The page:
A Malaysia-based digital securities exchange has decided to put a brake on its security token initial public offering (IPO), as global uncertainties caused by the Russian invasion of Ukraine continue to send jitters through the markets.
Licensed in Hong Kong and Malaysia, Fusang Corp. announced Wednesday it is deferring the IPO of its FSC security token that was originally set to list on its own exchange on March 31.
Fusang’s move comes as many companies around the world have delayed or canceled their IPOs since Russia invaded Ukraine. For example, a Japanese online bank earlier this month postponed its IPO that could’ve brought up its market capitalization to 300 billion yen (US$2.5 billion).
Fusang gained regulatory approval for the IPO of its security token back in January. The tokens — representing Fusang’s shares in digital form, recorded on a blockchain — were slated to be listed on the company’s own Fusang Exchange.
According to the original plan, Fusang was set to offer 2.5 million shares at a fixed price of US$4 apiece, for a total offering of US$10 million. It was supposed to be the world’s first IPO of equity tokens that are fully regulated, according to the company.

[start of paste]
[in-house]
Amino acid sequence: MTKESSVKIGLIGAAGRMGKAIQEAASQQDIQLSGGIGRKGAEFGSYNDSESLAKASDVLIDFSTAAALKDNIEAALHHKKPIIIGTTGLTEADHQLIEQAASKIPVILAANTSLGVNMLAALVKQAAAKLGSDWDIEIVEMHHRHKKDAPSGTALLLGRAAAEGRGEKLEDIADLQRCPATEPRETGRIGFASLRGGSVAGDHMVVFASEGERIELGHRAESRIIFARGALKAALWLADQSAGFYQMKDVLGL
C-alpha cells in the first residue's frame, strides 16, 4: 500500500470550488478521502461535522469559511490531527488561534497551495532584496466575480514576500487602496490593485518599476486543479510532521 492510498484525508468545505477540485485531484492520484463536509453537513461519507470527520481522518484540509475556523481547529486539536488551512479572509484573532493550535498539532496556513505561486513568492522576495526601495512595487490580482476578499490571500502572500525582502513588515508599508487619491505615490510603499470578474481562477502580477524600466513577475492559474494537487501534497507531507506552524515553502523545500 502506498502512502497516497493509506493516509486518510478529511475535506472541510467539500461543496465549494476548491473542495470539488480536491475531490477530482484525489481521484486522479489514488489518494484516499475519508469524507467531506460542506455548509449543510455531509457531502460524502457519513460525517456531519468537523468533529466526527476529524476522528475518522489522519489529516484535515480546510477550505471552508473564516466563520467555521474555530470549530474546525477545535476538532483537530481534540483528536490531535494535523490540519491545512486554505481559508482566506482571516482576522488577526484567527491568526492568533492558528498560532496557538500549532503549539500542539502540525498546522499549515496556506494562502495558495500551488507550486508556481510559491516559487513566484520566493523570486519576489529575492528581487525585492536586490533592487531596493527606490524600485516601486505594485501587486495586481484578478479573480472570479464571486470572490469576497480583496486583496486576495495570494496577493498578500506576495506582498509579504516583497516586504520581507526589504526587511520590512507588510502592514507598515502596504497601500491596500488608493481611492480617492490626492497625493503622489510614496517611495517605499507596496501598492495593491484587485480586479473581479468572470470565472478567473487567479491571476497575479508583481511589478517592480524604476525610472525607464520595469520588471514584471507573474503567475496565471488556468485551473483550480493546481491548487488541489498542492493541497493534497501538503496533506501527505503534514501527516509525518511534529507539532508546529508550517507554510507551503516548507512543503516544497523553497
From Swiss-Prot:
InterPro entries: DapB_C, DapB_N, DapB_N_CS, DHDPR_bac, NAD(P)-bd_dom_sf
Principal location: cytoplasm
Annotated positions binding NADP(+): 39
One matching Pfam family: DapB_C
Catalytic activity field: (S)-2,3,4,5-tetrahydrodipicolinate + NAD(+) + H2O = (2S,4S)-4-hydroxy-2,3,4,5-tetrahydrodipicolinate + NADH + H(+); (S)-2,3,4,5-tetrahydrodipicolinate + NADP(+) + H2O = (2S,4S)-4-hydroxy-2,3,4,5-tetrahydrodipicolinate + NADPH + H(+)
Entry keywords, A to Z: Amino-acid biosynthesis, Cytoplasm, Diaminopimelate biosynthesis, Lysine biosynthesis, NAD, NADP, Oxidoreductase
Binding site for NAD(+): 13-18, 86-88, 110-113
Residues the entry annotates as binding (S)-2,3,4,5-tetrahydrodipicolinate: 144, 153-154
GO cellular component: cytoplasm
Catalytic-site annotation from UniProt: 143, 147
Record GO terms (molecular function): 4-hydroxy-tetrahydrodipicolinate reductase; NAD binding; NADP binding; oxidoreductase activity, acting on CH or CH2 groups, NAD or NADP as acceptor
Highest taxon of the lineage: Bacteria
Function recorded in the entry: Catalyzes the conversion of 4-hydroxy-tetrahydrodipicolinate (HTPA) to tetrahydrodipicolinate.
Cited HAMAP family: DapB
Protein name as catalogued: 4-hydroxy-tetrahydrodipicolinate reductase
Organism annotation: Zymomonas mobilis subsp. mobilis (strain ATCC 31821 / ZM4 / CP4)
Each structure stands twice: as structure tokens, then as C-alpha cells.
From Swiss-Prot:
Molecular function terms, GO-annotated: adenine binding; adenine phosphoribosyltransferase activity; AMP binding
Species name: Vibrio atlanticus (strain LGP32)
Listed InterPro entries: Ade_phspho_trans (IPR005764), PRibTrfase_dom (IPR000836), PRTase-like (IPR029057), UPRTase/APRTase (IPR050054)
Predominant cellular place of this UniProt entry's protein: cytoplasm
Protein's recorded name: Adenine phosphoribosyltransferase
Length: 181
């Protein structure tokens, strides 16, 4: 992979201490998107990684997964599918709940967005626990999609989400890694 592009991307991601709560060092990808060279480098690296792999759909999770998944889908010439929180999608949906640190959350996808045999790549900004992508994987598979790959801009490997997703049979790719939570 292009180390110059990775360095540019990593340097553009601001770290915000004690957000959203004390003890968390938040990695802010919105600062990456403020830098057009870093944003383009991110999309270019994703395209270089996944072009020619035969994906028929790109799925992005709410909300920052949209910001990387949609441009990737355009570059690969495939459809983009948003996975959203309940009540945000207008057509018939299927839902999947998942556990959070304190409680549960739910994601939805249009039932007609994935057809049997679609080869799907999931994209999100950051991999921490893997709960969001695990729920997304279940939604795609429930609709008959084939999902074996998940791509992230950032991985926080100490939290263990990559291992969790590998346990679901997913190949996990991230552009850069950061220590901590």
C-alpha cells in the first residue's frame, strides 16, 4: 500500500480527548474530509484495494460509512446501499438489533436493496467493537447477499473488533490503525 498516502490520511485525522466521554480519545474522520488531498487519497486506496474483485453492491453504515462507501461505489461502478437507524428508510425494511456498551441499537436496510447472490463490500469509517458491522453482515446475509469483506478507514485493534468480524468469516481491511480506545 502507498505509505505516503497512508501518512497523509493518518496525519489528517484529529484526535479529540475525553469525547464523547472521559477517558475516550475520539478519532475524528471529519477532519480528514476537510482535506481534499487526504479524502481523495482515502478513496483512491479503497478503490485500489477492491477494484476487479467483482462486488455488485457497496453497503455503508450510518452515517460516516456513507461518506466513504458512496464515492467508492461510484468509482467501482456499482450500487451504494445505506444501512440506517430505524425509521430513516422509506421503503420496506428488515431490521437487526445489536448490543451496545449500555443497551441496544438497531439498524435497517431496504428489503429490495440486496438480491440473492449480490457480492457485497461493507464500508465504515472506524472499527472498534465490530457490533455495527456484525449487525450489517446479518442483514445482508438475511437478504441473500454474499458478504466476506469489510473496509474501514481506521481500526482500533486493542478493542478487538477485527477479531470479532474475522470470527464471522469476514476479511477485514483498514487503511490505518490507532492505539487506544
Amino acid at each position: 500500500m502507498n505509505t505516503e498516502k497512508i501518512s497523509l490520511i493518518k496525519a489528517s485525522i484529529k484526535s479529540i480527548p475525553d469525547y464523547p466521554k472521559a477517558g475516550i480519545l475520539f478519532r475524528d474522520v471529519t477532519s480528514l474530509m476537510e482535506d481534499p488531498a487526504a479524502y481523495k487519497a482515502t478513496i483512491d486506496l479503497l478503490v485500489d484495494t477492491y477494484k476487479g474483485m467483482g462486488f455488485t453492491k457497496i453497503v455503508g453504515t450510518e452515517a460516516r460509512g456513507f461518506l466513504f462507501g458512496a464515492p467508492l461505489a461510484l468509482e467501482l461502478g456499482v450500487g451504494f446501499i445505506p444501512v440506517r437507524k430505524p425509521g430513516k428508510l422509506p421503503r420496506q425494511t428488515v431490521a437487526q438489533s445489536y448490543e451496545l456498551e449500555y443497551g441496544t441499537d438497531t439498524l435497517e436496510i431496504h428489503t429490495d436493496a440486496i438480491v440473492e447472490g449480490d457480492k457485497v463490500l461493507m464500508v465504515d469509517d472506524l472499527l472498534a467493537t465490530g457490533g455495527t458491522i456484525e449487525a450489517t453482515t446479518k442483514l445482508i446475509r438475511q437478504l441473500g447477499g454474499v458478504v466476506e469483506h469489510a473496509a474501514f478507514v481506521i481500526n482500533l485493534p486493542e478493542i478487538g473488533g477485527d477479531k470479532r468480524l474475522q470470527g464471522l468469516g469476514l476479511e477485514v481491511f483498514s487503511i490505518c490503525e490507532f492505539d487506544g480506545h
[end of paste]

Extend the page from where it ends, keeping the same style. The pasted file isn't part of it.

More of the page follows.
“Unfortunately, the world today is volatile, to say the least,” Henry Chong, CEO of Fusang, told Forkast. “We decided that even though we had a full book, we didn’t want to go out into the secondary markets in such a volatile time.”
“It would be in the best interests for all of us — not only as a company and shareholders, but really the entire market and the security token industry — if we ensure that when we do this, we really do it right,” Chong said.
Trading activities on Fusang Exchange remain uninterrupted, he added.
Security token offerings — which involve the issuance of digital tokens in the form of regulated securities using blockchain technology — have increasingly become available as more traditional financial institutions look to tap into the cryptocurrency ecosystem.